Big Brother = is the public face of the Party that watches over the citizens of Oceania from posters and telescreens. Accompanying the posters is the slogan “Big Brother is Watching You”. He embodies the surveillance state that monitors every moment of society.
Mr Charrington = owner of the antique shop where Winston buys his diary, coral paperweight and later rents the upstairs room for the liaisons with Julia. He is actually a member of the Thought Police and was in disguise to inform on Winston.
Control in a Totalitarian State
Gattaca = Surveillance by genetic DNA testing of blood, saliva, urine and cells on all citizens.
Complete data base of DNA genetic blue print of all citizens kept by the Police. Police strike terror into people when they swoop on the Invalid quarters and in the restaurant when people flee in tear. People’s liberties are infringed at will with random testing of all people at any time of day or night in the community and in the workplace.
Job interviews are by blood or urine testing.
There is no line drawn against genetic engineering.
Gattaca presents a society where perfection is worshipped and anyone less than that is not acceptable and discriminated against. Society is divided into a class system of Valids who have opportunities and Invalids who are denied legitimate status as members of society.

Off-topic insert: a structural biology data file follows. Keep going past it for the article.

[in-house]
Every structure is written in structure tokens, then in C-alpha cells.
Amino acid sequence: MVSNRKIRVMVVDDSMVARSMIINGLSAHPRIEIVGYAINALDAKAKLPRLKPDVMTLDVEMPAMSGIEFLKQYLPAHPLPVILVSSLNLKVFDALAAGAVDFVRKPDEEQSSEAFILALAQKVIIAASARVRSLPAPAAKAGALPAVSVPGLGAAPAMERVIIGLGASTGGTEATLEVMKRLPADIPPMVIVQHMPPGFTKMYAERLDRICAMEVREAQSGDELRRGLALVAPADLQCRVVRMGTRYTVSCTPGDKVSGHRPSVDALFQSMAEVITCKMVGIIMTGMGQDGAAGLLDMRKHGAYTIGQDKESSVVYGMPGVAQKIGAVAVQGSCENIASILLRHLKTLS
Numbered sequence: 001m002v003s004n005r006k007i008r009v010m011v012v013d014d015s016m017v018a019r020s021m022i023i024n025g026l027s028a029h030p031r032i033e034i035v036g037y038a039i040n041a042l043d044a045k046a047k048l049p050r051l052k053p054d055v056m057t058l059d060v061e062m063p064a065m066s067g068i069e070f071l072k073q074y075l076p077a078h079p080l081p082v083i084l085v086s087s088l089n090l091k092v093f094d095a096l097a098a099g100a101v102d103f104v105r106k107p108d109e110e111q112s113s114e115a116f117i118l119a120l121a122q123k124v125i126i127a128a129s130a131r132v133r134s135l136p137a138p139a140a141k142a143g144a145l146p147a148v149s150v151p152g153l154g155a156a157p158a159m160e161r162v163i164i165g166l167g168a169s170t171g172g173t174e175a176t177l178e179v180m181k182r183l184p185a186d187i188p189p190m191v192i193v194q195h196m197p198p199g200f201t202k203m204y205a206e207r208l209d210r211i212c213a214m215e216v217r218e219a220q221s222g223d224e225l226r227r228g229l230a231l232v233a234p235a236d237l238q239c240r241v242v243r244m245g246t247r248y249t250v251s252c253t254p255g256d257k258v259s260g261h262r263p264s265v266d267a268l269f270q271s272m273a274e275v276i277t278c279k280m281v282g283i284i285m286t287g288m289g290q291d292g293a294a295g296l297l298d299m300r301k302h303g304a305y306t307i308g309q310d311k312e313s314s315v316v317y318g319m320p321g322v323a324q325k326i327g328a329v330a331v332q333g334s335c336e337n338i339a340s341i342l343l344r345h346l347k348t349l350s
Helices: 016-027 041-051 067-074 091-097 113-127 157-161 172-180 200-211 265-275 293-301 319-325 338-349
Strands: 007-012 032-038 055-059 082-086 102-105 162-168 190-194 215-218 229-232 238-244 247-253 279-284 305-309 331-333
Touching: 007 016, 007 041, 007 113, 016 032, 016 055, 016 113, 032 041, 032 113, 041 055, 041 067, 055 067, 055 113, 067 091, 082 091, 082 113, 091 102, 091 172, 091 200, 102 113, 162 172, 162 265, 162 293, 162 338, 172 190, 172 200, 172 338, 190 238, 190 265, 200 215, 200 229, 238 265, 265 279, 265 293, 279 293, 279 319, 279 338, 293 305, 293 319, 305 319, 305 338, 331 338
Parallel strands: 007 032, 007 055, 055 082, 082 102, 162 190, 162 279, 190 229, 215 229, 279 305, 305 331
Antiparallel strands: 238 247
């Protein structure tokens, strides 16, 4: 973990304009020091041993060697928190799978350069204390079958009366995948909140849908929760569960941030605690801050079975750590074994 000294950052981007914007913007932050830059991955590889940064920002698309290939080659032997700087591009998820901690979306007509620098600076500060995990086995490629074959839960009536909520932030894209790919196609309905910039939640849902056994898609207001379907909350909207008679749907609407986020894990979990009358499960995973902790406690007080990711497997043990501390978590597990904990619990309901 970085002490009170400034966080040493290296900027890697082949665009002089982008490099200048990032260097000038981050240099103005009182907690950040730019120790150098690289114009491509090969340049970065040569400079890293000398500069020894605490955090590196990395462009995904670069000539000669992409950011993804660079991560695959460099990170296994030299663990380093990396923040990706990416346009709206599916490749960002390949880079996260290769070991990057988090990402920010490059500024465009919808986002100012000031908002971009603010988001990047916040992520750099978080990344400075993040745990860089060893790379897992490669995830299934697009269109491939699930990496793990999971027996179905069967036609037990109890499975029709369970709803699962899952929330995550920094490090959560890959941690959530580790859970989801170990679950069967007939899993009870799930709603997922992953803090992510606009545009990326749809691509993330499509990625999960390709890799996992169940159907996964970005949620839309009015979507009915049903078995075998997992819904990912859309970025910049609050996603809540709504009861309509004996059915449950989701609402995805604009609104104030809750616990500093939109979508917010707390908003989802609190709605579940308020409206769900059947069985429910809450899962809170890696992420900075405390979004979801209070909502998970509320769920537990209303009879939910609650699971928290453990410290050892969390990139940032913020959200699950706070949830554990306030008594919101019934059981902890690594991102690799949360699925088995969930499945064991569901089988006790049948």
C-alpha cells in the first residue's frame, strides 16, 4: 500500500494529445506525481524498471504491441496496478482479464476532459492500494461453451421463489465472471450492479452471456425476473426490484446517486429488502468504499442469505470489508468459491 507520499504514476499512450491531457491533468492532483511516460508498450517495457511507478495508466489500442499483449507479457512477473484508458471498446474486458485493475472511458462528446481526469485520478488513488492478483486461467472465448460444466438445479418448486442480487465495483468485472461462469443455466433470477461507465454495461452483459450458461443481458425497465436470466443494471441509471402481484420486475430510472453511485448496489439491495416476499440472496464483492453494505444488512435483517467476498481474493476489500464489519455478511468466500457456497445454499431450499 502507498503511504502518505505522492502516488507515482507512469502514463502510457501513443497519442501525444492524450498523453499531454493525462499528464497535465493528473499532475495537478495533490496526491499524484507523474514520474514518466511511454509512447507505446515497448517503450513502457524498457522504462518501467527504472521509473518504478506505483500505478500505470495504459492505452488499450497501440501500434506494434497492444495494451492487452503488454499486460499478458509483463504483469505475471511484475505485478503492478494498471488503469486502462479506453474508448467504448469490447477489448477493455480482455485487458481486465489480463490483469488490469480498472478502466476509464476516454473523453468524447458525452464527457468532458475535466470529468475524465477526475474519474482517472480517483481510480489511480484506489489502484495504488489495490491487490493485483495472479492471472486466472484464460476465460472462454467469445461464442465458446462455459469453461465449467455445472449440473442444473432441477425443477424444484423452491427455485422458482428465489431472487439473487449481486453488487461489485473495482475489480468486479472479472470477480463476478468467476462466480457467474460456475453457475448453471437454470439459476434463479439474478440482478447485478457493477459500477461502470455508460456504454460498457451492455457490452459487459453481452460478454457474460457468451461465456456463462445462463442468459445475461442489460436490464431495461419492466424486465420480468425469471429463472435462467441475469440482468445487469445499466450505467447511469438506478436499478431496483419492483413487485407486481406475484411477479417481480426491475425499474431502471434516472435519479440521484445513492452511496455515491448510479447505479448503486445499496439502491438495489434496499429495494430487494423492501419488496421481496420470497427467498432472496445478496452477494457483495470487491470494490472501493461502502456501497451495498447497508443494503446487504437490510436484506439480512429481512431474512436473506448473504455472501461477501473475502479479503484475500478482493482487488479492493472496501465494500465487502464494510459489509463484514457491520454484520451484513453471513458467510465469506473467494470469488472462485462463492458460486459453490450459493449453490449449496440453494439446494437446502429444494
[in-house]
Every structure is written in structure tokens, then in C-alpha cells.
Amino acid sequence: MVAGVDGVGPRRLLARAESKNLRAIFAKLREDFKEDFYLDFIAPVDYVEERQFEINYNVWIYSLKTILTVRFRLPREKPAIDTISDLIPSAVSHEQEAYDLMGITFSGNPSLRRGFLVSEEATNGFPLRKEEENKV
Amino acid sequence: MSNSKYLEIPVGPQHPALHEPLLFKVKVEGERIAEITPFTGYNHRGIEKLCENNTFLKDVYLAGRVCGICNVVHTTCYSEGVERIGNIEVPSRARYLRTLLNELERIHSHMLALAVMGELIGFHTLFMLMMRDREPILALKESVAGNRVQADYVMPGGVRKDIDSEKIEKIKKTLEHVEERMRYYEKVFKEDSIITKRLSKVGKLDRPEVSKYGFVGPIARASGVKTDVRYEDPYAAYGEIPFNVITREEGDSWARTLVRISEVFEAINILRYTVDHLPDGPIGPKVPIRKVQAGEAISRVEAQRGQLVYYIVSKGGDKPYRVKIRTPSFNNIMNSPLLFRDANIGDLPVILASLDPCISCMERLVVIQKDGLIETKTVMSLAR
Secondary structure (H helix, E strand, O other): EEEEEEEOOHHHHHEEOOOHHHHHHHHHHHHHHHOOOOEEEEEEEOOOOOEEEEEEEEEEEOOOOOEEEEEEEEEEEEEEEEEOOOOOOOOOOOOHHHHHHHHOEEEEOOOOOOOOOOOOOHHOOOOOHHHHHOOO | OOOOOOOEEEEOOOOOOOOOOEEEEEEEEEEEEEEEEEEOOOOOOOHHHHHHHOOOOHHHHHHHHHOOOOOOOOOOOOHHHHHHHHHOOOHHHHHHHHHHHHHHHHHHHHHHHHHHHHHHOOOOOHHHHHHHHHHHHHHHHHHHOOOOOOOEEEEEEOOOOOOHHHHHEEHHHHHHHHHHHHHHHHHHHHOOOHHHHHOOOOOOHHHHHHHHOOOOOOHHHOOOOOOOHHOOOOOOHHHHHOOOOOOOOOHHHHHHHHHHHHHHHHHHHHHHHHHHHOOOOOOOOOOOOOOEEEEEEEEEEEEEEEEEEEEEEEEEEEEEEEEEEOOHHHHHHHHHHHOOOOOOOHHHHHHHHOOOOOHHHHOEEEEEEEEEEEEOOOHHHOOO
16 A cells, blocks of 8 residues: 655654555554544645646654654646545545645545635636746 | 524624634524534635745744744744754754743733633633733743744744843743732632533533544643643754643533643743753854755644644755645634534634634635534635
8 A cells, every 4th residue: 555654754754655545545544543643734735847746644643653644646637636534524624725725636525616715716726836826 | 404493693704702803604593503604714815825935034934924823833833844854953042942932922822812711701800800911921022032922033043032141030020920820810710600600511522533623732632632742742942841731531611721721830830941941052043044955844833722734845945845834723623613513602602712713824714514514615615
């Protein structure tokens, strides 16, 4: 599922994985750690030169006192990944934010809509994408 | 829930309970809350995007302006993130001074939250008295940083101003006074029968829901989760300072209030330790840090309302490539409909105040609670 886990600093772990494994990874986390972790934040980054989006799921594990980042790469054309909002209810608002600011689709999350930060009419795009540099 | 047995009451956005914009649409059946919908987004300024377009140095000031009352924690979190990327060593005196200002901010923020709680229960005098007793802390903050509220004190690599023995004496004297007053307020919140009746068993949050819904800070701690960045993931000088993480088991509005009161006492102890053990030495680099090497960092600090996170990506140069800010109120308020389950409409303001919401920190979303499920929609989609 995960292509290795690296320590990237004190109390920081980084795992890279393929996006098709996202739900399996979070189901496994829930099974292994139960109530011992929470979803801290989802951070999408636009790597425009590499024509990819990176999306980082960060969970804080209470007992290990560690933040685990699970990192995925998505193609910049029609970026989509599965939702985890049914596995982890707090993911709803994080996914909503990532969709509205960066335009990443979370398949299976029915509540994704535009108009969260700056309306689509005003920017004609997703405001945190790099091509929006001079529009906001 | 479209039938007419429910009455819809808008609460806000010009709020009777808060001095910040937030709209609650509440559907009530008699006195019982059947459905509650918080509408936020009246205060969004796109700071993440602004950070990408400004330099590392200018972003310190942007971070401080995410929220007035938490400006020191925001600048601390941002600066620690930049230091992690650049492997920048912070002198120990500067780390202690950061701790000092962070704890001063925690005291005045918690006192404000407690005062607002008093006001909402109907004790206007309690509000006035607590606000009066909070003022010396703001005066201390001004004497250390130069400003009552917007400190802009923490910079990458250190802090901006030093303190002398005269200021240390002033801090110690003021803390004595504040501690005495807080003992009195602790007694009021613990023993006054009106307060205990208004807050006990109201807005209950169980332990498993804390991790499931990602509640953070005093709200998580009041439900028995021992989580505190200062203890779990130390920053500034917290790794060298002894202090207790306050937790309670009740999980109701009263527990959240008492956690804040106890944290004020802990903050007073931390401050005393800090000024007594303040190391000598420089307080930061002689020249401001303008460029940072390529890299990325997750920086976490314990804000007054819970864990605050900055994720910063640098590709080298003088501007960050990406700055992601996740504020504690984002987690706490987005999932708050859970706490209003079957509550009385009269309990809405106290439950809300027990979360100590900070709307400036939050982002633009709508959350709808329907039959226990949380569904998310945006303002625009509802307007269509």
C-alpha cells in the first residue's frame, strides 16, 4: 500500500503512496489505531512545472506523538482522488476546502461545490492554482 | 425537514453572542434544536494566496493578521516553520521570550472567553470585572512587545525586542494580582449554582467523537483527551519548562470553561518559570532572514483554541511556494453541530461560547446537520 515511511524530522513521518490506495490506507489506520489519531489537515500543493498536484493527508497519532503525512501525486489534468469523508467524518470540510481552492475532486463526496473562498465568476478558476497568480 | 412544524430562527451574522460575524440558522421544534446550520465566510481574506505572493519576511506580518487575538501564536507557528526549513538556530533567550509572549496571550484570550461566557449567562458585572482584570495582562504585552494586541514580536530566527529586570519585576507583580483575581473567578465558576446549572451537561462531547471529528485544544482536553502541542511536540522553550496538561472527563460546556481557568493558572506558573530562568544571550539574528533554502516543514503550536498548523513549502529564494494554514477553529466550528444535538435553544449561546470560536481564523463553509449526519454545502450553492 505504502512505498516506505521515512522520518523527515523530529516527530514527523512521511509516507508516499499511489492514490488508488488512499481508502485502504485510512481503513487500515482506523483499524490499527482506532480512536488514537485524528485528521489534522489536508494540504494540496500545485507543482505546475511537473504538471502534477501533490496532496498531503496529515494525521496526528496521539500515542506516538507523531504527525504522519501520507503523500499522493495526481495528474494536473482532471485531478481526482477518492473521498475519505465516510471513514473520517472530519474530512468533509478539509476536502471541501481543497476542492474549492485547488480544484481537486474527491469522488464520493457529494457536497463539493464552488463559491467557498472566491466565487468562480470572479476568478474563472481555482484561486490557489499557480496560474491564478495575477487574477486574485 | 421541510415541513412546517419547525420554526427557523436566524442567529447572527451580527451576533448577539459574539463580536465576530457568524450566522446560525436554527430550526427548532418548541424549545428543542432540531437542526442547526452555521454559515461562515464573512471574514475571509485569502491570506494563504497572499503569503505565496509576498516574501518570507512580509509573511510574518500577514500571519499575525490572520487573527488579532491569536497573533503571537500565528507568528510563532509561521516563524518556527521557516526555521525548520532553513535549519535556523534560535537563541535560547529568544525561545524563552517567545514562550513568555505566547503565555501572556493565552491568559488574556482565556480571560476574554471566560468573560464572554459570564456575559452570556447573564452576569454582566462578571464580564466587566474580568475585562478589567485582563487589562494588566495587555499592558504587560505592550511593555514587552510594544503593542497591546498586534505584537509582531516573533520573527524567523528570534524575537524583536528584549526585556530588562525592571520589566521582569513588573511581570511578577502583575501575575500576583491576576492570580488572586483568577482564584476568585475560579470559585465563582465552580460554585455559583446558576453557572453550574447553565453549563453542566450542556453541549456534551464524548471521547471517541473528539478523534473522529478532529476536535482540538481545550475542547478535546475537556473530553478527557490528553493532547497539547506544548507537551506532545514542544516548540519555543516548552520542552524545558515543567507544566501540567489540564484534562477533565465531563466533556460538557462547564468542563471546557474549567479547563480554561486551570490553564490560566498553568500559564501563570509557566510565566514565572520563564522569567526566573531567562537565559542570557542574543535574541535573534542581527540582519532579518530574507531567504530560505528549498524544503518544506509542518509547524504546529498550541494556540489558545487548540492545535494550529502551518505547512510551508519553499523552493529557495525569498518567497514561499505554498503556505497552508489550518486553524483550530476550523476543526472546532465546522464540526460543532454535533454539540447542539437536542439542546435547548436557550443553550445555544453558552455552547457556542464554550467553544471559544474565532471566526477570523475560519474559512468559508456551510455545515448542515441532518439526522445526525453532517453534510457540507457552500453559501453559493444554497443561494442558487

Technology and science reign supreme, humanity takes second place and genoism becomes endemic.
1984 = Constant fear by surveillance, manipulation and control through use of telescreens, Thought Police, the slogan ‘Big Brother is Watching You’, informers/spies even children in families to betray signs of illegal thoughts against the Party.
Eradication of words and use of ‘Newspeak’ and ‘Doublethink’ along with propaganda to manipulate language and communication to control individual questioning and thought.
Constant changing of records makes memory impossible and truth is according to what the Party says. Along with fear of unending war with alleged enemies to create anxiety so no one will attempt to overthrow the system.
Control of emotions and love/loyalty is for Big Brother. During the ‘Two Minutes of Hate’ emotions of hate are then directed to the state designated enemy Goldstein.
Fear of interrogation and torture by the Party in Room 101 is disincentive for citizens to break the law.
Gattaca = Control, oppression & discrimination in a dystopian society, individual versus society, technology versus fate/natural order in search of perfection, courage & heroism determination, morality & ethics, science versus religion, human flaws/imperfections versus genetic engineering, facets of identity, the notion of an imposter and lack of individuality in a world of uniformity.
1984 = Control, oppression and discrimination in a dystopian society, language & communication, language as mind control, philosophical viewpoints, political power, dangers of totalitarianism, warfare, violence, torture, technology, psychological manipulation, physical control, repression, rebellion, control of memory and the past, control of information and history.